Here are the selected choices for this month!
1. Storm of Swords by George R.R. Martin
Of the five contenders for power, one is dead, another in disfavor, and still the wars rage as violently as ever, as alliances are made and broken. Joffrey, of House Lannister, sits on the Iron Throne, the uneasy ruler of the land of the Seven Kingdoms. His most bitter rival, Lord Stannis, stands defeated and disgraced, the victim of the jealous sorceress who holds him in her evil thrall. But young Robb, of House Stark, still rules the North from the fortress of Riverrun. Robb plots against his despised Lannister enemies, even as they hold his sister hostage at King’s Landing, the seat of the Iron Throne. Meanwhile, making her way across a blood-drenched continent is the exiled queen, Daenerys, mistress of the only three dragons still left in the world.
But as opposing forces maneuver for the final titanic showdown, an army of barbaric wildlings arrives from the outermost line of civilization. In their vanguard is a horde of mythical Others--a supernatural army of the living dead whose animated corpses are unstoppable. As the future of the land hangs in the balance, no one will rest until the Seven Kingdoms have exploded in a veritable storm of swords. . .
2. The Magicians by Lev Grossman
Like everyone else, precocious high school senior Quentin Coldwater assumes that magic isn't real, until he finds himself admitted to a very secretive and exclusive college of magic in upstate New York. There he indulges in joys of college-friendship, love, sex, and booze- and receives a rigorous education in modern sorcery. But magic doesn't bring the happiness and adventure Quentin thought it would. After graduation, he and his friends stumble upon a secret that sets them on a remarkable journey that may just fulfill Quentin's yearning. But their journey turns out to be darker and more dangerous than they'd imagined.
3. Never Let me Go by Kazuo Ishiguro
All children should believe they are special. But the students of Hailsham, an elite school in the English countryside, are so special that visitors shun them, and only by rumor and the occasional fleeting remark by a teacher do they discover their unconventional origins and strange destiny. Kazuo Ishiguro's sixth novel, Never Let Me Go, is a masterpiece of indirection. Like the students of Hailsham, readers are "told but not told" what is going on and should be allowed to discover the secrets of Hailsham and the truth about these children on their own.
Offsetting the bizarreness of these revelations is the placid, measured voice of the narrator, Kathy H., a 31-year-old Hailsham alumna who, at the close of the 1990s, is consciously ending one phase of her life and beginning another. She is in a reflective mood, and recounts not only her childhood memories, but her quest in adulthood to find out more about Hailsham and the idealistic women who ran it. Although often poignant, Kathy's matter-of-fact narration blunts the sharper emotional effects you might expect in a novel that deals with illness, self-sacrifice, and the severe restriction of personal freedoms.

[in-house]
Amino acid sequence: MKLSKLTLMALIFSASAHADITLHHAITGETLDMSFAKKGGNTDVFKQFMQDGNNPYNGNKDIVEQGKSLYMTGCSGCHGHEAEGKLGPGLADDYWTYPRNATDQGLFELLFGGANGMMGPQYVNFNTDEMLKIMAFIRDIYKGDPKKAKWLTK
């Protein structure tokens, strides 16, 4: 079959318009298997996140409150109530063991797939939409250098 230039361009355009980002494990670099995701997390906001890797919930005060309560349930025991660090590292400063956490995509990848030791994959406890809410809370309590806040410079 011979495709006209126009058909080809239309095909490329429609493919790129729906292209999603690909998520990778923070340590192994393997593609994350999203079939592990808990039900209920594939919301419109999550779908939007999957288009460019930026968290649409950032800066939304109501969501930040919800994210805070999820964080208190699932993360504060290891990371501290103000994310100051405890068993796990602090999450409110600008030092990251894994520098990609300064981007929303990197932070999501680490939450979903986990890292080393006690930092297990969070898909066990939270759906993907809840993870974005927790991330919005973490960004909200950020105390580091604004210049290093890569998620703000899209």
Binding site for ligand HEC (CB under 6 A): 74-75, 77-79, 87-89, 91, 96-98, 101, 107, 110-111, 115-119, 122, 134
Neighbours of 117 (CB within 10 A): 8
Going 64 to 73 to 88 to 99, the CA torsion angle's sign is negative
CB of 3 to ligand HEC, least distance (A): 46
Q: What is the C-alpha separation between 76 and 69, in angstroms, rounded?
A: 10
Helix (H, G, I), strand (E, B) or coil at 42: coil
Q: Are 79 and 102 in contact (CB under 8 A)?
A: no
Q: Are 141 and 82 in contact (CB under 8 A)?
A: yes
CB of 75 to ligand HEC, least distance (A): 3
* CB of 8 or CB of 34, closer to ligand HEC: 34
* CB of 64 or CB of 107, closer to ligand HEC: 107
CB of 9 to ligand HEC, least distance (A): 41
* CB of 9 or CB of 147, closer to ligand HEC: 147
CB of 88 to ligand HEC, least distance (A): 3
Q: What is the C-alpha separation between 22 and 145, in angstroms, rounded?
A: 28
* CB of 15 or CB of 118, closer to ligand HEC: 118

4. The Dead Witness by Michael Sims
The Dead Witness gathers the finest adventures among private and police detectives from the nineteenth century and into the early twentieth--including a wide range of overlooked gems creating the finest ever anthology of Victorian detective stories. "The Dead Witness," the 1866 title story by Australian writer Mary Fortune, is the first known detective story by a woman, a suspenseful clue-strewn manhunt in the Outback. This forgotten treasure sets the tone for the whole anthology-surprises from every direction, including more female detectives and authors than you can find in any other anthology of its kind. Pioneer women writers such as Anna Katharine Green, Mary E. Wilkins, and C. L. Pirkis will take you from rural America to bustling London. Female detectives range from Loveday Brooke to Dorcas Dene and Madelyn Mack. In other stories, you will meet November Joe, the Canadian half-Native backwoods detective who stars in "The Crime at Big Tree Portage" and demonstrates that Sherlockian attention to detail works as well in the woods as in the city. Holmes himself is here, too, of course-not in another reprint of an already well-known story, but in the first two chapters of A Study in Scarlet, the first Holmes case, in which the great man meets and dazzles Watson. Authors range the gamut from luminaries such as Charles Dickens to the forgotten author who helped inspire Edgar Allan Poe's "The Murders in the Rue Morgue," the first real detective story. Bret Harte is here and so is E. W. Hornung, creator of master thief Raffles. Naturally Wilkie Collins couldn't be left behind. Michael Sims's new collection unfolds the fascinating and entertaining youth of what would mature into the most popular genre of the twentieth century.